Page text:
The Great Work of Your Life

The Great Work of Your Life
افزودن به بوکمارک اشتراک گذاری 0 دیدگاه کاربران 4 (3)

A Guide for the Journey to Your True Calling

با ترجمه عنوان، و توضیح کوتاه هر کتاب 10,000 تومان اعتبار برای خرید کتاب دریافت کنید. این ترجمه با نام شما در سایت نمایش داده خواهد شد
iran گزارش تخلف

فرمت کتاب

ebook

تاریخ انتشار

2012

نویسنده

Kelly Mayhew

نویسنده

Jonathan D. Sarna

نویسنده

Kelly Mayhew

نویسنده

Jonathan D. Sarna

نویسنده

Stephen Cope
  • اطلاعات
  • نقد و بررسی
  • دیدگاه کاربران
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نقد و بررسی

Publisher's Weekly

December 10, 2012
Cope (Yoga and the Quest for the True Self), Director of the Institute for Extraordinary Living at the Kripalu Center in Lenox, Mass., layers biographical teaching stories between the lessons offered by what might be the greatest teaching story of all: the Bhagavad Gita, in which Krishna teaches Arjuna about finding and manifesting your life's divine purpose, or dharma. Cope, while examining the life struggles faced by such visionaries as Jane Goodall, Harriet Tubman, and Mohandas Gandhi, encourages readers to reject the modern idea that "we can be anyone we want to be" and instead to discover and fully pursue their inner self's calling. Cope's voice is gentle and understanding, but also urgent in expressing this idea from the Gospel of Thomas: "If you bring forth what is within you, it will save you; if you do not bring forth what is within you, it will destroy you." The historical portraits make interesting reading in their own rightâCope is a skilled storytellerâbut in the service of illustrating a well-organized thesis about achieving true fulfillment, they offer a rich source of contemplation and inspiration.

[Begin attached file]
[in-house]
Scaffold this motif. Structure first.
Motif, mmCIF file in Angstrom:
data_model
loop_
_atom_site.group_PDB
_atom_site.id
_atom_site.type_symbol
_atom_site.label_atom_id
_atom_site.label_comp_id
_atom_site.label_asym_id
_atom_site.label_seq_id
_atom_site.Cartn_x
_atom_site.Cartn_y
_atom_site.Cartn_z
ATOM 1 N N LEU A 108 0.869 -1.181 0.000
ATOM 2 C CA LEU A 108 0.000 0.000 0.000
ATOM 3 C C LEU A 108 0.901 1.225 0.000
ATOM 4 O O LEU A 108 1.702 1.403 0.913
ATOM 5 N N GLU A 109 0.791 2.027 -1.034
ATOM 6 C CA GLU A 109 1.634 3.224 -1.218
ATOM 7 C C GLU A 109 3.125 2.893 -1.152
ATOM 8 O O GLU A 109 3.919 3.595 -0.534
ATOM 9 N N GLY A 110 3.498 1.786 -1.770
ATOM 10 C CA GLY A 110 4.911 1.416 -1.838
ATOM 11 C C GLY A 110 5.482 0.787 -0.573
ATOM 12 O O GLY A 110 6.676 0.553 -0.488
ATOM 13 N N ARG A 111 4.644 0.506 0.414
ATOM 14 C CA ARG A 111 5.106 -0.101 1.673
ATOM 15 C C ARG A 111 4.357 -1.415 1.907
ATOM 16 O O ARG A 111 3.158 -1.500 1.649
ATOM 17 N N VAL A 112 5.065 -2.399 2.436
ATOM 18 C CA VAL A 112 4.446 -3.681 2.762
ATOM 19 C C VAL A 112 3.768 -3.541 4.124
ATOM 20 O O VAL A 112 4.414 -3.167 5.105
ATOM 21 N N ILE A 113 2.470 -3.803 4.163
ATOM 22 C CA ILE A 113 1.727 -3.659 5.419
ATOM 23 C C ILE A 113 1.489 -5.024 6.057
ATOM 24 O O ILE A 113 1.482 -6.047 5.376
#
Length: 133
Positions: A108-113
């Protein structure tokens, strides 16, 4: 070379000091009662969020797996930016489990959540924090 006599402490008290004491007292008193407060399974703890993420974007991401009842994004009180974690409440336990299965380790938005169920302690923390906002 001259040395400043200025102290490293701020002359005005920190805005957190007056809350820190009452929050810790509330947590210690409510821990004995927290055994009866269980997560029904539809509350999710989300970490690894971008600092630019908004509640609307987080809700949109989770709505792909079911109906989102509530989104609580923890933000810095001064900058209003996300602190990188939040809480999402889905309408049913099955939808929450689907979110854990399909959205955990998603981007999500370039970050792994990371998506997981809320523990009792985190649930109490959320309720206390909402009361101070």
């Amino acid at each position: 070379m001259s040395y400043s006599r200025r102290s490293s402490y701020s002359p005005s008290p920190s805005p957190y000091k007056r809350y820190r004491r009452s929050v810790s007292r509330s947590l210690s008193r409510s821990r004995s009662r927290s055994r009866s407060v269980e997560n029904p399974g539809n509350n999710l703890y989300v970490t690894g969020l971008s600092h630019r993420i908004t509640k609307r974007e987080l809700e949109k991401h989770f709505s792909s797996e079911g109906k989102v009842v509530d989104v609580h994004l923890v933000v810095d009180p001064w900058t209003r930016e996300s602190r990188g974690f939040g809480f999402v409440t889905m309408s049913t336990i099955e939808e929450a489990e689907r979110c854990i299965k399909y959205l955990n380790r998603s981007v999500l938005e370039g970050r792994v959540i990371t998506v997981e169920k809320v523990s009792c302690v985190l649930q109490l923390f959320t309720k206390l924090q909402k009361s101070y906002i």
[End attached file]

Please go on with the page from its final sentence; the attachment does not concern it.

Kirkus

July 15, 2012
The director of the Institute for Extraordinary Living at the Kripalu Center for Yoga and Health inquires into the dharma--vocation or calling--of a selection of both illustrious and ordinary individuals. "Yogis insist that every single human being has a unique vocation," writes Cope. Turning to the Bhagavad Gita for guidance, the author realized the difficulty in penetrating even the first piece of advice: "Discern, name, and then embrace your own dharma." For some, their dharma is a ready and apparent gift, but others struggle long and hard to hear that piece of inner music, that passion. So Cope illustrates this fact of life through example, drawing smooth portraits of important historical characters and twining them with glimpses into the lives of everyday people he knows. For example, he weds Henry David Thoreau's courage to follow his muse in front of an entire town's disapprobation with the story of a psychiatric nurse with a magical caregiving hand who needed help in recognizing and using her talent. Cope also tells the stories of Robert Frost finding a voice word by word, Walt Whitman's wartime nursing, "a calling for which he didn't even know he was searching," and Jean-Baptiste-Camille Corot, breaking the rules to understand the connection between seeing and painting. With ringing clarity, Cope gets his main point across: that seeking is all and that dharma will allow you to bear life's suffering. "You only get yourself when you lose yourself to some great work," he writes. An engaging exploration into living fully.

COPYRIGHT(2012) Kirkus Reviews, ALL RIGHTS RESERVED.




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